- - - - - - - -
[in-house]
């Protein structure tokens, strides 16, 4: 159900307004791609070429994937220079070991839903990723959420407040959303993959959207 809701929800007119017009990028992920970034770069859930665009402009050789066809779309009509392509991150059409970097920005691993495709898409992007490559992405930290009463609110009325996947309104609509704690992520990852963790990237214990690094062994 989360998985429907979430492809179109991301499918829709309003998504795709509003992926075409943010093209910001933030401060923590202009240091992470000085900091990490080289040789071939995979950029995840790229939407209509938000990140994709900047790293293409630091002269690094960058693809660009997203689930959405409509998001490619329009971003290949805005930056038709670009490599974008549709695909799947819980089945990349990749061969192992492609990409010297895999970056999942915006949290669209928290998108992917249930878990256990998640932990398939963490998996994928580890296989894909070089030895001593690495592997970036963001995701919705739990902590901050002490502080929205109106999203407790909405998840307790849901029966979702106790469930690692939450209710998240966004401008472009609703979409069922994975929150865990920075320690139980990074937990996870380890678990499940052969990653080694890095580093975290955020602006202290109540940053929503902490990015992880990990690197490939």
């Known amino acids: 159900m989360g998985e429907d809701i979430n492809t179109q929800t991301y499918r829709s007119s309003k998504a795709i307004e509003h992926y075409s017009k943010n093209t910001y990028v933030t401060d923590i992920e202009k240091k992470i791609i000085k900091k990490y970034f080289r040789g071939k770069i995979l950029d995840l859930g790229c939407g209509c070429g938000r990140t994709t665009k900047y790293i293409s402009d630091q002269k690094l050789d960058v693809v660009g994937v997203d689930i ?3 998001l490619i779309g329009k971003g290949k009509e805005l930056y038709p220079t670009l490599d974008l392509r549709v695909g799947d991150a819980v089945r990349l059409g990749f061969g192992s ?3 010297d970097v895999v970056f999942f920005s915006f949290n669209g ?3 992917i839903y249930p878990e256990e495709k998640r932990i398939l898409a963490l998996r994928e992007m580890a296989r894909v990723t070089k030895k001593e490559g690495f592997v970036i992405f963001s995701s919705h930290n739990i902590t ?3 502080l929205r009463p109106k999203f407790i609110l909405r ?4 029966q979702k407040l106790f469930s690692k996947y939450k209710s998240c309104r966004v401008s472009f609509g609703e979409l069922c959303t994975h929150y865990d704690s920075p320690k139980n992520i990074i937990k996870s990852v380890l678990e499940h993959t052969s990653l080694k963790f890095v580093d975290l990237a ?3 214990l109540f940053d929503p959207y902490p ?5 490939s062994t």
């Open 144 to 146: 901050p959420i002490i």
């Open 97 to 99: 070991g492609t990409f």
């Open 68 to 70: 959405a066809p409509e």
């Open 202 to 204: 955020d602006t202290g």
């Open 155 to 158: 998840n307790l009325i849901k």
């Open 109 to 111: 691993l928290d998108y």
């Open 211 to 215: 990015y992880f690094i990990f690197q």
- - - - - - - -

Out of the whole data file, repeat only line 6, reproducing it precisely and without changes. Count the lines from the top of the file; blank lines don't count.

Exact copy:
């Open 68 to 70: 959405a066809p409509e």